Weber, Caroline 1969-
Weber, Caroline 1969-
Terror and Its Discontents: Suspect Words in Revolutionary France, University of Minnesota Press (Minneapolis, MN), 2003.
Contributor to books, including French Popular Culture: An Introduction, edited by Hugh Dauncey, Hodder Arnold (London, England), 2003;Gender and Utopianism in the Eighteenth Century, edited by Nicole Pohl and Brenda Tooley, Routledge (New York, NY), 2004; and Columbia Dictionary of Twentieth-Century French Thought, edited by Lawrence D. Kritzman, Columbia University Press (New York, NY), 2005.
Contributor to journals and periodicals, including Studies in Eighteenth-Century Culture, South Central Review, Philosophy and Literature, Yale French Studies, Lacanian Ink, and Utah Foreign Language Review.
SIDELIGHTS: Author and historian Caroline Weber is an associate professor French at Columbia University’s Barnard College. A specialist in French literature, history, and culture, Weber frequently writes on issues related to aspects of life in Revolutionary France. In Queen of Fashion: What Marie Antoinette Wore to the Revolution, Weber explores the very real impact of clothing and fashion on the politics and culture of France in the late eighteenth century. Fashion during the days of Marie Antoinette cannot be dismissed as the whims of royalty and dalliances of the rich, whose towering hairdos, elaborate cosmetics, and frilly outfits were just another way to pass the time at the top of the socioeconomic ladder. Weber explains that in pre-republican France, power was precisely reflected in appearances and behavior. The wealthy and powerful of France, therefore, displayed their status conspicuously by their luxurious garments, fanciful hair styles, and affected deportment. Power was defined by fashion, and fashion as created and encouraged by Marie Antoinette was a political game played with real and sometimes deadly results. This ostentatious display of wealth, Weber notes, was generally resented by the poor and lower classes of French society, which helped fuel the hatred that led to the overthrow of the monarchy during the French Revolution. The queen herself refused to obey accepted fashion codes in France, declining to wear constricting whalebone corsets, reintroducing her most opulent jewelry, and asserting her own personality and identity in her clothing choices. To her last, Marie Antoinette understood the strength of character and potency of statement that well-selected clothing could relate to onlookers. Weber’s “account of the queen’s final appearance—all in glorious white—on the ride to the guillotine carries enormous poignancy,” remarked a Kirkus Reviews critic. “This thoroughly researched, intelligently presented and supported portrait will best serve scholars of history and culture,” noted James F. DeRoche in the Library Journal. Though “the book is rigorously researched, Weber’s narrative style is energetic and alive with her own feminine pleasure at a beautiful dress or an outrageous pouf,” observed Lisa Schwarzbaum in Entertainment Weekly.A Publishers Weekly contributor called Weber’s work a “prodigiously researched, deliciously detailed study” of the unlikely combination of politics and fashion. “Using bold and engaging prose, the author has created a whole new appreciation for academic writings,” commented Booklist reviewer Barbara Jacobs.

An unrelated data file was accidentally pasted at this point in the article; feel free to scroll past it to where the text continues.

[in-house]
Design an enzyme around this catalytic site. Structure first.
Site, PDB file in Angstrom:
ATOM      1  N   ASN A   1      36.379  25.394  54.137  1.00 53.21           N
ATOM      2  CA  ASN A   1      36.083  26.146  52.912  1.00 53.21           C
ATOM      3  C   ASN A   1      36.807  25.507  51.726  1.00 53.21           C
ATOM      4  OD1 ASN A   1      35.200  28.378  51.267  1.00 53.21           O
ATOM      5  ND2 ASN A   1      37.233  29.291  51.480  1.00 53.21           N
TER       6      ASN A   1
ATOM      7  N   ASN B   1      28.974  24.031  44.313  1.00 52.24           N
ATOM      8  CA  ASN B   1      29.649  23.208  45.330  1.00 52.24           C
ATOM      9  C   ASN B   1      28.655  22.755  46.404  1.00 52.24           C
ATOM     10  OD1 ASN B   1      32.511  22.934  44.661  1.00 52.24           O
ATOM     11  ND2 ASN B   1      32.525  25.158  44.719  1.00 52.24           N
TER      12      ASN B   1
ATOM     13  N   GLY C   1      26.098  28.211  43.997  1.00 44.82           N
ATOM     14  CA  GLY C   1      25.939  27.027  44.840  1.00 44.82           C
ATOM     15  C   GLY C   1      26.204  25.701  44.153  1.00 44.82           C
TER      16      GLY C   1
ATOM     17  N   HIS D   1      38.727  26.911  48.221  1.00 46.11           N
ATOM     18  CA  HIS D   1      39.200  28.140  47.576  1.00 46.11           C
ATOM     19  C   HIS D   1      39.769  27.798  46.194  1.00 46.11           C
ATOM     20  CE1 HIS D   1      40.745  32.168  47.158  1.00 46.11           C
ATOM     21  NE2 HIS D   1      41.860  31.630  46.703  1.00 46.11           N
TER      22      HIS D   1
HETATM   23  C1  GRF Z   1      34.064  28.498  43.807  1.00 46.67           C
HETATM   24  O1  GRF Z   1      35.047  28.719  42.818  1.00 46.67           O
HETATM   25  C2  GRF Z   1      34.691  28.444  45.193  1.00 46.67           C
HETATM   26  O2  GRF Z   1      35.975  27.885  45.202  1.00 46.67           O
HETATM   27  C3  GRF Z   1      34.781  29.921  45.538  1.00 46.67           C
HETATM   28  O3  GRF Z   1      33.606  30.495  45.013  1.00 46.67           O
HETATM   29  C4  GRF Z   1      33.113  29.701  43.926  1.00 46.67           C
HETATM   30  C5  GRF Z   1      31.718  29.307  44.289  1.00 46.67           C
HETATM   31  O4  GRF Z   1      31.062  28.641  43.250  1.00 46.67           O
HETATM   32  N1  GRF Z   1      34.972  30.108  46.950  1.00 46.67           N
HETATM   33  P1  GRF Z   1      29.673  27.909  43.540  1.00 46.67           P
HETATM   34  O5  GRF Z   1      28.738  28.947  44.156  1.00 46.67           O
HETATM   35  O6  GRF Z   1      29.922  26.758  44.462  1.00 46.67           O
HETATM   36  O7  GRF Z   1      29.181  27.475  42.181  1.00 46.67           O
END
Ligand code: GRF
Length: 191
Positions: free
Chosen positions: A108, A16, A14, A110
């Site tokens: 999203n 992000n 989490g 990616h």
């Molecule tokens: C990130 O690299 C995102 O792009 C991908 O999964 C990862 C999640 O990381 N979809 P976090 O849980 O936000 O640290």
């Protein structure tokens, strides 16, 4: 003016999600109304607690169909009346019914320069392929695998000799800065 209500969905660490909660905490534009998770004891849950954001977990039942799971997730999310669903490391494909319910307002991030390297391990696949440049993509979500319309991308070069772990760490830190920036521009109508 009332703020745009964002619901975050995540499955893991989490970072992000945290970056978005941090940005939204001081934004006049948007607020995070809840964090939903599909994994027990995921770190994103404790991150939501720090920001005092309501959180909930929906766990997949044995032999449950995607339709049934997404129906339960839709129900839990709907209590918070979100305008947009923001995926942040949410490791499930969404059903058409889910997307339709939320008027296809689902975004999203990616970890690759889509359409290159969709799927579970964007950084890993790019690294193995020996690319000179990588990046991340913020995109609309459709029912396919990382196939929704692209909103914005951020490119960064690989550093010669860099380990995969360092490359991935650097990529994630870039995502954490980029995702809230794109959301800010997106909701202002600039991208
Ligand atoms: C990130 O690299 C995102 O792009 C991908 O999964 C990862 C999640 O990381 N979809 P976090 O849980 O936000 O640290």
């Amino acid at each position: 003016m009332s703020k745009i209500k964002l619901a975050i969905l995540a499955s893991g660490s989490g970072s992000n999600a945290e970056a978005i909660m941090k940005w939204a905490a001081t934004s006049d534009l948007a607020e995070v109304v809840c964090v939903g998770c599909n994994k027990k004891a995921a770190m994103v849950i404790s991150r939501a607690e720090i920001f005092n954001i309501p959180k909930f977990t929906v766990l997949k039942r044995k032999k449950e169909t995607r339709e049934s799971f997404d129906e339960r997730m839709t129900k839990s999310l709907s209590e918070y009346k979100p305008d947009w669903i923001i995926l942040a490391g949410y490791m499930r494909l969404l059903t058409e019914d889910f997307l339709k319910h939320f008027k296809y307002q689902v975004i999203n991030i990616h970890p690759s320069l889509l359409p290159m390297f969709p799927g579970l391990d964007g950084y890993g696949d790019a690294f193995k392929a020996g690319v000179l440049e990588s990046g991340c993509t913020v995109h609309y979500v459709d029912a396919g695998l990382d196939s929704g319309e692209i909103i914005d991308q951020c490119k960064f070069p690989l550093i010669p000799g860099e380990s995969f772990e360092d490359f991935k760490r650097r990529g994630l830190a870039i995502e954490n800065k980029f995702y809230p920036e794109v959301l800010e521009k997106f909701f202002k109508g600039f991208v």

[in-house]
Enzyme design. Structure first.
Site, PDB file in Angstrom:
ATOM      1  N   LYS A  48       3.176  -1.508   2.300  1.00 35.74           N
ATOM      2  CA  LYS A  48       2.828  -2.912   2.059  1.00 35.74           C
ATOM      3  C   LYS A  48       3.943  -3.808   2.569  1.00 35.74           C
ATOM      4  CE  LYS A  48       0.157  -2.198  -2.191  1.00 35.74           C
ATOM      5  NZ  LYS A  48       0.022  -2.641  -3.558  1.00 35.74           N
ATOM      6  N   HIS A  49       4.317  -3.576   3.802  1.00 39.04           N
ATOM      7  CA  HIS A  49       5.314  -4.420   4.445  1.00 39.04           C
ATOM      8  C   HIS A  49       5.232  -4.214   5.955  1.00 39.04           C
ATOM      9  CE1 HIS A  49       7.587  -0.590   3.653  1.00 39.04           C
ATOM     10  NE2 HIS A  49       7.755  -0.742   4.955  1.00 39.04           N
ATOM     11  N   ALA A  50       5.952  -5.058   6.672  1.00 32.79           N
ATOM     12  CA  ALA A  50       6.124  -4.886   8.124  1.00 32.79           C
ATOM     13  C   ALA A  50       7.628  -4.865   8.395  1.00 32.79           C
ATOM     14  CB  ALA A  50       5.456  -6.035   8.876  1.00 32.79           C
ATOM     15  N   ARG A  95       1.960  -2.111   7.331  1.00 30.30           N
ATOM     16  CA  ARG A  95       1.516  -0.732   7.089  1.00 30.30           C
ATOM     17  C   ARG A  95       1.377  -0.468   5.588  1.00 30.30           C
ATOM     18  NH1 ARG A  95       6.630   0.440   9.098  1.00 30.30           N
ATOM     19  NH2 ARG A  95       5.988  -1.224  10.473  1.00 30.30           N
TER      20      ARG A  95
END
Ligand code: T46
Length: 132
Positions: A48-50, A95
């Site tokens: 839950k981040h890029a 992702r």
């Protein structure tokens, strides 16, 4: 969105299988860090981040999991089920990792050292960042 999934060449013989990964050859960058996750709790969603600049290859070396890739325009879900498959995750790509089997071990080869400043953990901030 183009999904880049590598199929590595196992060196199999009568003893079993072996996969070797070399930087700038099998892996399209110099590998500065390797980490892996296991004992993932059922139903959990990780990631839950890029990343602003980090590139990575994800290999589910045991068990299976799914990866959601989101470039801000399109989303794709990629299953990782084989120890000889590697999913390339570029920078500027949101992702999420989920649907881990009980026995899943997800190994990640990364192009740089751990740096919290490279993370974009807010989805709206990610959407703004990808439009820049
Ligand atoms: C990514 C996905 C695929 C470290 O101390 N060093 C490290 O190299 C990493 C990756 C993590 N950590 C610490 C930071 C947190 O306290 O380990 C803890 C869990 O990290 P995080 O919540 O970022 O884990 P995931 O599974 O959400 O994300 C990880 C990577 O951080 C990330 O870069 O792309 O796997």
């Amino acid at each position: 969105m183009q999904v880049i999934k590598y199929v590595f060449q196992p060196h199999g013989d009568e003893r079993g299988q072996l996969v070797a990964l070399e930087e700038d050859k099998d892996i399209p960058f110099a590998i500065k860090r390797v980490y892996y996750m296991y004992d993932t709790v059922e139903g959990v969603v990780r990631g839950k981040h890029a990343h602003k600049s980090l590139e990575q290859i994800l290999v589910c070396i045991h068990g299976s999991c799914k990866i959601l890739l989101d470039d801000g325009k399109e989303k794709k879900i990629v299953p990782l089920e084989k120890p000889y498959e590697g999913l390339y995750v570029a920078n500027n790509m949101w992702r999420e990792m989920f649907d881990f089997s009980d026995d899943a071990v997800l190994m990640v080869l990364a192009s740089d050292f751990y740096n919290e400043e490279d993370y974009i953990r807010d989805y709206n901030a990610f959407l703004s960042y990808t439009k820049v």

BIOGRAPHICAL AND CRITICAL SOURCES
Booklist, September 15, 2006, Barbara Jacobs, review of Queen of Fashion: What Marie Antoinette Wore to the Revolution, p. 11.
Entertainment Weekly, September 22, 2006, Lisa Schwarzbaum, “Classic Frock,” review of Queen of Fashion, p. 96.
Kirkus Reviews, August 1, 2006, review of Queen of Fashion, p. 776.
Library Journal, October 1, 2006, James F. DeRoche, review of Queen of Fashion, p. 70.
Publishers Weekly, July 31, 2006, review of Queen of Fashion, p. 66.
Columbia University Web site, http://www.columbia.edu/ (January 22, 2007), biography of Caroline Weber.*